A controversial drama series about British Mandate Palestine has been nominated for the most important award in British television.
The Promise, written and produced by Peter Kosminsky and screened on Channel 4 earlier this year, is up for a 2011 Philips British Academy Television Award (Bafta) for Drama Serial.
The four-part drama, criticised for deliberately demonising Israel, followed the experiences of a British soldier serving in Palestine after the Second World War, and his granddaughter, who is portrayed visiting the modern state with her Israeli soldier friend.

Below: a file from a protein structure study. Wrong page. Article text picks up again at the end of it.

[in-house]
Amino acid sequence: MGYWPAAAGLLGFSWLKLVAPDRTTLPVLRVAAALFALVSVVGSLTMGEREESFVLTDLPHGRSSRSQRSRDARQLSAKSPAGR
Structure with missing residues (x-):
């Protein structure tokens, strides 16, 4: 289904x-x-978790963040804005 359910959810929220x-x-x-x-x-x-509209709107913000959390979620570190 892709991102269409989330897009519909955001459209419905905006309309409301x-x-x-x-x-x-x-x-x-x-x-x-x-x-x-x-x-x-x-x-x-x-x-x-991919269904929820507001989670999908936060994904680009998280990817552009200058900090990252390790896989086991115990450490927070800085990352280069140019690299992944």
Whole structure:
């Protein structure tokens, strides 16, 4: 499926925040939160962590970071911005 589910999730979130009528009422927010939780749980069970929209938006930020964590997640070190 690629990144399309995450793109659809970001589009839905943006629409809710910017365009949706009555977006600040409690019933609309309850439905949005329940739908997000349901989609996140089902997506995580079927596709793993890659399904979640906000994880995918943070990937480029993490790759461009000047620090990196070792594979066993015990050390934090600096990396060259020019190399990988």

The broadcast prompted complaints to Channel 4 and an investigation by regulator Ofcom, which last week ruled that the series did not breach its code of conduct.
Alan Aziz, director of the Zionist Federation, said it was frightening that a programme which gave "an inaccurate picture of what really happened at that time in Israel" could be celebrated at the Bafta awards.
"When programmes are made well and are given awards it further encourages people to believe the distorted picture that these programmes give," he said.
He added that he hoped the series would not win at the ceremony on May 22, but added: Unfortunately it was really well made. It was only the content we had an issue with.
"But the average viewer doesn't really separate the two and that is scary."